Winter 2012
Mission: Possible By Nicole Leinbach Reyhle

Making Stellar Employees Out of So-So Associates

With the good comes the bad, and in the case of retail employees, this is often the situation. From late arrivers to gossipy co-workers to lazy performances, many associates come with attitudes and habits that aren’t ideal for your business.

We can’t overlook our achievers, however. Amidst the bad are hard workers with flexible schedules who are dedicated to your store profit. Then of course, there are those in between – the gray group. Neither black nor white in their performances – or lack of them – but instead a blend of both good and bad attributes.
Sound familiar?

So-so associates are common in retail, bringing to the table just enough to stay on the schedule but not enough to really shine. Simply stated, this is a problem. The real problem, however, is that this does nothing to help your store shine.

Performance Enhancers
Accepting you have a problem with your associates doesn’t have to be as bold as thinking you need to fire anyone. It could simply mean you need to help strengthen their performances to ultimately strengthen your store’s performance.

The first step in doing this is to analyze each employee’s skill set, task list and their overall execution of responsibilities. From customer service to operations, evaluate all the responsibilities your associates have. It’s important to keep your evaluation checklist consistent per each employee, as well, only adding additional tasks for review if they are unique to that specific employee.

Once your evaluations are completed, deliver your findings to each employee, offering both a review of their strengths and weaknesses. The best way to do this is through a formal review. If you don’t already have these on your annual schedule, add this to your immediate to-do list. Better yet, add bi-annual reviews to your to-do list since two times are better than one.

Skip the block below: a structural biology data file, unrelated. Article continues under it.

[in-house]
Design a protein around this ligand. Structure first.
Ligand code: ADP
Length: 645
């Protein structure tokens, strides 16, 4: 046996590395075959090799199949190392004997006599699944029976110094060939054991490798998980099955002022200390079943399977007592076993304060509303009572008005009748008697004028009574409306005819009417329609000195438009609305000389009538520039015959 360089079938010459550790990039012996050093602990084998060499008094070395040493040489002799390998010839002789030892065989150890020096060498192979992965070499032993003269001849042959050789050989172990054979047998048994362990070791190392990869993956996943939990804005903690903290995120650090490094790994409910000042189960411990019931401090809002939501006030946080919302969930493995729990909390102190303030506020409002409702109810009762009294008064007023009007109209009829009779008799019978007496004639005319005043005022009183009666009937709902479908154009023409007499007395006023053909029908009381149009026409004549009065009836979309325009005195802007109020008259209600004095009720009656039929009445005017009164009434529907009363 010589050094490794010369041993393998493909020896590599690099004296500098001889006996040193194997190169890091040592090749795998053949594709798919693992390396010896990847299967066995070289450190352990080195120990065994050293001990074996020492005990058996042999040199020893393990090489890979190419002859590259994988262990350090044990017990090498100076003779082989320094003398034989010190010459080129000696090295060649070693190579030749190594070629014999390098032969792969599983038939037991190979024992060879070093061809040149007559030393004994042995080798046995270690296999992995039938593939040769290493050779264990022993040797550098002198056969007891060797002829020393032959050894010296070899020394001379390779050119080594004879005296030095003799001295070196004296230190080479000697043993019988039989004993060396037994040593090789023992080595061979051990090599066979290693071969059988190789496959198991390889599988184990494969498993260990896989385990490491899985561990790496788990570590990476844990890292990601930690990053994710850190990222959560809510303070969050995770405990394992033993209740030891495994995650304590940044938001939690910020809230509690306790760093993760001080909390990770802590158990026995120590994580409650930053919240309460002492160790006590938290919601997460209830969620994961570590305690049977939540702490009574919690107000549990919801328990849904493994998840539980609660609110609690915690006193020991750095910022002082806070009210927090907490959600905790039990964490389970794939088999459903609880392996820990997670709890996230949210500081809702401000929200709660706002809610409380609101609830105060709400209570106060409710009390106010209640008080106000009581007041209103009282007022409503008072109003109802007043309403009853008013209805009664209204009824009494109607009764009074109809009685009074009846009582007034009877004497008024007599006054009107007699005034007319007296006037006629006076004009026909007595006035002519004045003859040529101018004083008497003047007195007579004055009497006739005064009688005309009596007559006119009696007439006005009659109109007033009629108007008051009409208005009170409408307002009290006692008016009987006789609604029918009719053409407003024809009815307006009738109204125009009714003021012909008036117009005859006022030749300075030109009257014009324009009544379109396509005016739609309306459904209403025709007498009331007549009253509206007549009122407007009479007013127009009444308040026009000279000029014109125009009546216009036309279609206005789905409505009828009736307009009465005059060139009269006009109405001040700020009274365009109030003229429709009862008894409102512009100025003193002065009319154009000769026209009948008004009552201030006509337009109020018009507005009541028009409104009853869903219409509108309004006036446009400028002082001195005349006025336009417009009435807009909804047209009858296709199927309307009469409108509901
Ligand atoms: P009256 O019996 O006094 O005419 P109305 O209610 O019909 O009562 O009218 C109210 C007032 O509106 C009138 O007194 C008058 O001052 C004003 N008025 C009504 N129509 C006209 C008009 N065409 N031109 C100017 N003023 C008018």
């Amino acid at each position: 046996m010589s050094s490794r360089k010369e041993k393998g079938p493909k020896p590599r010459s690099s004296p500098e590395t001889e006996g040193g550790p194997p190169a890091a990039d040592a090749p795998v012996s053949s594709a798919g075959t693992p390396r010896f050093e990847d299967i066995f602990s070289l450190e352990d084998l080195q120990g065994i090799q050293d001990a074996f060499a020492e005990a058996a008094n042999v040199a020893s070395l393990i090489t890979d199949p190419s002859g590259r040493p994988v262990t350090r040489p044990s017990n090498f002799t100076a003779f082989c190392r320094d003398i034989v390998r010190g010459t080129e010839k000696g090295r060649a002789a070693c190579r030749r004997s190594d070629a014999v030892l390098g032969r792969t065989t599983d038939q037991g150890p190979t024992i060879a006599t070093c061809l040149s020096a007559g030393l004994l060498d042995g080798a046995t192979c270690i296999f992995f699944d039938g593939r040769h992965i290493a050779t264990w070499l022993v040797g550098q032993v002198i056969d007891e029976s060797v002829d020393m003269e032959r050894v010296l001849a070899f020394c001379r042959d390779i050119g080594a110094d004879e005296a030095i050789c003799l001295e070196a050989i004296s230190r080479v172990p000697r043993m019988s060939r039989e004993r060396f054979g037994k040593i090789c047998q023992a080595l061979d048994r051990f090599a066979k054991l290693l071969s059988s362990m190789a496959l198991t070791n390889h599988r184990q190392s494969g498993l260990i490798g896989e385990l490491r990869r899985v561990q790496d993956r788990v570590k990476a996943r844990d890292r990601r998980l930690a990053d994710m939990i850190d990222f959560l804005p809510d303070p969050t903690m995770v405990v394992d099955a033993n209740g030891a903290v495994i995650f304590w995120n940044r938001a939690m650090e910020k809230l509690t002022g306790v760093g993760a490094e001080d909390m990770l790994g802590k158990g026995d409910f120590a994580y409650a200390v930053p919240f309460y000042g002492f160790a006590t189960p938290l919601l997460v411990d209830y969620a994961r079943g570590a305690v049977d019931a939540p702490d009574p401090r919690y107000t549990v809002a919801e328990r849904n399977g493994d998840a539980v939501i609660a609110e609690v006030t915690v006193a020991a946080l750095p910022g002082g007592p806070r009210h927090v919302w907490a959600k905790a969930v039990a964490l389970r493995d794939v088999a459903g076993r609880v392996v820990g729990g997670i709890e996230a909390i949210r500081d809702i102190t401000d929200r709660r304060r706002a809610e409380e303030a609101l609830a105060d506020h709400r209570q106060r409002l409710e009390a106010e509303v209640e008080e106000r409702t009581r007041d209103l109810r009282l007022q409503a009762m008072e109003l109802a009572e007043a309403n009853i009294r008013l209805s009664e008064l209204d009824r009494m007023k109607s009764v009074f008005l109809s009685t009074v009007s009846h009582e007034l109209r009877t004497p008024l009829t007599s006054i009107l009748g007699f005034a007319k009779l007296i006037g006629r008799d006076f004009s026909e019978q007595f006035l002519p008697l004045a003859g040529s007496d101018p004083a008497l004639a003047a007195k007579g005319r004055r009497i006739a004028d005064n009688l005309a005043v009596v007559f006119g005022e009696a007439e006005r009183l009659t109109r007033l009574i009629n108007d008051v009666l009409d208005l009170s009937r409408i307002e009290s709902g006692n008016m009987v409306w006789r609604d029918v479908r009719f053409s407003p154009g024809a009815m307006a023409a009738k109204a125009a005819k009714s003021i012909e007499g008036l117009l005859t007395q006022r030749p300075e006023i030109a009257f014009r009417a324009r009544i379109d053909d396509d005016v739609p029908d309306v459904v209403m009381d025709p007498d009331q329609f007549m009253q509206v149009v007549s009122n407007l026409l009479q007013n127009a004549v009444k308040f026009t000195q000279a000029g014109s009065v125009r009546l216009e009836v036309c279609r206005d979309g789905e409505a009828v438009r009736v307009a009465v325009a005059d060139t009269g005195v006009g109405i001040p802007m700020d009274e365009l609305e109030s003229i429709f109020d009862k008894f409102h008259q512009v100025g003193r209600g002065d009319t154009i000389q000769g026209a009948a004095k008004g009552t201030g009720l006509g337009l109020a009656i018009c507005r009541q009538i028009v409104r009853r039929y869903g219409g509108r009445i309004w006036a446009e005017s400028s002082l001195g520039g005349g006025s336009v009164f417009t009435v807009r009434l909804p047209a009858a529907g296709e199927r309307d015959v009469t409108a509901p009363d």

By communicating your store goals, expectations, employee responsibilities and more during these reviews, your employees will be reminded and motivated to deliver results. This also gives you an outlet to provide feedback in a constructive format that ultimately can strengthen each respective employee’s performance.

Reviews are important in keeping employees on track with your store’s expectations, but they are just a piece of the puzzle to keep associates delivering results. Everyday routines should be center stage since they are in fact taking place everyday.

Anybody’s routine can become stale, boring and monotonous if left to be repeated day in and day out without any flair to mix things up. So rather than let your associates get bored, give them something to get wired up over. Introduce daily and weekly goals, incentives, team challenges and contests to help keep things moving in a positive direction for associates and your store alike.

Daily goals give a push for employees to meet expectations with specific details identified. Beyond actual sales numbers, a goal can be to re-merchandise a display, enter customer contact information into your tracking system or organize the stock area. It’s a good idea to balance daily goals with both customer-oriented results as well as operational results. Combined, it makes for a productive day if everything is accomplished.

Weekly goals should offer a broader range of responsibilities to be completed. Since many tasks can’t take place in one day or need multiple hands tending to them, it makes sense to have some goals identified with a seven-day stretch to complete.